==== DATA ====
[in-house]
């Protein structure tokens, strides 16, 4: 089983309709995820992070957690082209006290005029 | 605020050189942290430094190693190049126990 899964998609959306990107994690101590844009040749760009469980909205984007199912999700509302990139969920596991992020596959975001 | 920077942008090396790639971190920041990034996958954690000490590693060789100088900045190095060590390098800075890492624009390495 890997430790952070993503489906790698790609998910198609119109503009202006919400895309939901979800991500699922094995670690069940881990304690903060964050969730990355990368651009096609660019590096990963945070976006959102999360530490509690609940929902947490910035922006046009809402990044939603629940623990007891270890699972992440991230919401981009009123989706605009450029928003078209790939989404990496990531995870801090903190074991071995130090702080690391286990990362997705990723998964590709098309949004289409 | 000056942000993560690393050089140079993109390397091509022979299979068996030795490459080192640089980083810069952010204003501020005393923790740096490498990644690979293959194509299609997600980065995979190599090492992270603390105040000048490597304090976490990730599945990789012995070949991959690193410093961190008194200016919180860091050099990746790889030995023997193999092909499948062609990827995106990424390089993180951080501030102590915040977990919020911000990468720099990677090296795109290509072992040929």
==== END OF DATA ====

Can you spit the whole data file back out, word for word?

[in-house]
């Protein structure tokens, strides 16, 4: 089983309709995820992070957690082209006290005029 | 605020050189942290430094190693190049126990 899964998609959306990107994690101590844009040749760009469980909205984007199912999700509302990139969920596991992020596959975001 | 920077942008090396790639971190920041990034996958954690000490590693060789100088900045190095060590390098800075890492624009390495 890997430790952070993503489906790698790609998910198609119109503009202006919400895309939901979800991500699922094995670690069940881990304690903060964050969730990355990368651009096609660019590096990963945070976006959102999360530490509690609940929902947490910035922006046009809402990044939603629940623990007891270890699972992440991230919401981009009123989706605009450029928003078209790939989404990496990531995870801090903190074991071995130090702080690391286990990362997705990723998964590709098309949004289409 | 000056942000993560690393050089140079993109390397091509022979299979068996030795490459080192640089980083810069952010204003501020005393923790740096490498990644690979293959194509299609997600980065995979190599090492992270603390105040000048490597304090976490990730599945990789012995070949991959690193410093961190008194200016919180860091050099990746790889030995023997193999092909499948062609990827995106990424390089993180951080501030102590915040977990919020911000990468720099990677090296795109290509072992040929």